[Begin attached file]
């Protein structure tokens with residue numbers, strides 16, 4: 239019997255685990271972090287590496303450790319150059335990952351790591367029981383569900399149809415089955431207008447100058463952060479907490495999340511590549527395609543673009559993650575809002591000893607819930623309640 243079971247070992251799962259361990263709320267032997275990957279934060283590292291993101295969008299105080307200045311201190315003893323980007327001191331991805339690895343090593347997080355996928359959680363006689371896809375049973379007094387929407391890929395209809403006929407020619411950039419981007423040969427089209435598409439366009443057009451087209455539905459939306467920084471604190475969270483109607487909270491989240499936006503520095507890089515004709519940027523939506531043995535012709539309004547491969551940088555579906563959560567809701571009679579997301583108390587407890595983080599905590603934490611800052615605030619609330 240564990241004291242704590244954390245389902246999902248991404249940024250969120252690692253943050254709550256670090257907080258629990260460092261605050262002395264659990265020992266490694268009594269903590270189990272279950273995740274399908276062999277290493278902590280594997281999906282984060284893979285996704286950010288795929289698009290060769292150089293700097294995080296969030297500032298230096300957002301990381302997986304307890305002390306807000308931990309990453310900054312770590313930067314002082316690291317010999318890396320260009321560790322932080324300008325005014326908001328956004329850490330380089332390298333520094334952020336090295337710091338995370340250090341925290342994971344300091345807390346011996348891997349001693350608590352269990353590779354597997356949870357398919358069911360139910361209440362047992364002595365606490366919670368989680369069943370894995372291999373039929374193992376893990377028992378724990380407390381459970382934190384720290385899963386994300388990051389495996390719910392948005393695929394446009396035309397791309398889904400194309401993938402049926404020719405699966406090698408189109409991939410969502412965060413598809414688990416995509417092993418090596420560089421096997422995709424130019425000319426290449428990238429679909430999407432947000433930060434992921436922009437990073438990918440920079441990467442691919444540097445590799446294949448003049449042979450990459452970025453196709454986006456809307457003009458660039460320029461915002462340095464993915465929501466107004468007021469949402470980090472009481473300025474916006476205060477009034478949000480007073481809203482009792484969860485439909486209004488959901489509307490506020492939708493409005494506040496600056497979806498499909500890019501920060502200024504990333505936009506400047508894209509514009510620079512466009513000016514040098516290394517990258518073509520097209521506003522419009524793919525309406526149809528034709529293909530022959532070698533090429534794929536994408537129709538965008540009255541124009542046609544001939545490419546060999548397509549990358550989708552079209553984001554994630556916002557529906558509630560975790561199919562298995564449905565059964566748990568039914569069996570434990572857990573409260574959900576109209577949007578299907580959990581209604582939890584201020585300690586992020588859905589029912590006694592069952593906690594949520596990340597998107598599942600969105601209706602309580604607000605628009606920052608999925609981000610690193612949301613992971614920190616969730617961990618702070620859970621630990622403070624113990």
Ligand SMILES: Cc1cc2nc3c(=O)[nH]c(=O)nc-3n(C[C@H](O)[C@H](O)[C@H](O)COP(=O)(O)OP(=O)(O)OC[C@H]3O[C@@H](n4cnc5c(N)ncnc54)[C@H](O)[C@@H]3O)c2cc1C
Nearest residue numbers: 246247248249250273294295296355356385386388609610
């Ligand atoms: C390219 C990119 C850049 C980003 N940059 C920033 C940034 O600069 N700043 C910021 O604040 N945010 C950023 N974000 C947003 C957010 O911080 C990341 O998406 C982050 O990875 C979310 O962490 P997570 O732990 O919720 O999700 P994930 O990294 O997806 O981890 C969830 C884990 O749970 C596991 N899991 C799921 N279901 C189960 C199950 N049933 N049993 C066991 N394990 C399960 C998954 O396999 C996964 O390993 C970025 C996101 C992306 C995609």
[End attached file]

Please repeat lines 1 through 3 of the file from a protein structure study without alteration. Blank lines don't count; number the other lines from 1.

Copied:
């Protein structure tokens with residue numbers, strides 16, 4: 239019997255685990271972090287590496303450790319150059335990952351790591367029981383569900399149809415089955431207008447100058463952060479907490495999340511590549527395609543673009559993650575809002591000893607819930623309640 243079971247070992251799962259361990263709320267032997275990957279934060283590292291993101295969008299105080307200045311201190315003893323980007327001191331991805339690895343090593347997080355996928359959680363006689371896809375049973379007094387929407391890929395209809403006929407020619411950039419981007423040969427089209435598409439366009443057009451087209455539905459939306467920084471604190475969270483109607487909270491989240499936006503520095507890089515004709519940027523939506531043995535012709539309004547491969551940088555579906563959560567809701571009679579997301583108390587407890595983080599905590603934490611800052615605030619609330 240564990241004291242704590244954390245389902246999902248991404249940024250969120252690692253943050254709550256670090257907080258629990260460092261605050262002395264659990265020992266490694268009594269903590270189990272279950273995740274399908276062999277290493278902590280594997281999906282984060284893979285996704286950010288795929289698009290060769292150089293700097294995080296969030297500032298230096300957002301990381302997986304307890305002390306807000308931990309990453310900054312770590313930067314002082316690291317010999318890396320260009321560790322932080324300008325005014326908001328956004329850490330380089332390298333520094334952020336090295337710091338995370340250090341925290342994971344300091345807390346011996348891997349001693350608590352269990353590779354597997356949870357398919358069911360139910361209440362047992364002595365606490366919670368989680369069943370894995372291999373039929374193992376893990377028992378724990380407390381459970382934190384720290385899963386994300388990051389495996390719910392948005393695929394446009396035309397791309398889904400194309401993938402049926404020719405699966406090698408189109409991939410969502412965060413598809414688990416995509417092993418090596420560089421096997422995709424130019425000319426290449428990238429679909430999407432947000433930060434992921436922009437990073438990918440920079441990467442691919444540097445590799446294949448003049449042979450990459452970025453196709454986006456809307457003009458660039460320029461915002462340095464993915465929501466107004468007021469949402470980090472009481473300025474916006476205060477009034478949000480007073481809203482009792484969860485439909486209004488959901489509307490506020492939708493409005494506040496600056497979806498499909500890019501920060502200024504990333505936009506400047508894209509514009510620079512466009513000016514040098516290394517990258518073509520097209521506003522419009524793919525309406526149809528034709529293909530022959532070698533090429534794929536994408537129709538965008540009255541124009542046609544001939545490419546060999548397509549990358550989708552079209553984001554994630556916002557529906558509630560975790561199919562298995564449905565059964566748990568039914569069996570434990572857990573409260574959900576109209577949007578299907580959990581209604582939890584201020585300690586992020588859905589029912590006694592069952593906690594949520596990340597998107598599942600969105601209706602309580604607000605628009606920052608999925609981000610690193612949301613992971614920190616969730617961990618702070620859970621630990622403070624113990």
Ligand SMILES: Cc1cc2nc3c(=O)[nH]c(=O)nc-3n(C[C@H](O)[C@H](O)[C@H](O)COP(=O)(O)OP(=O)(O)OC[C@H]3O[C@@H](n4cnc5c(N)ncnc54)[C@H](O)[C@@H]3O)c2cc1C
Nearest residue numbers: 246247248249250273294295296355356385386388609610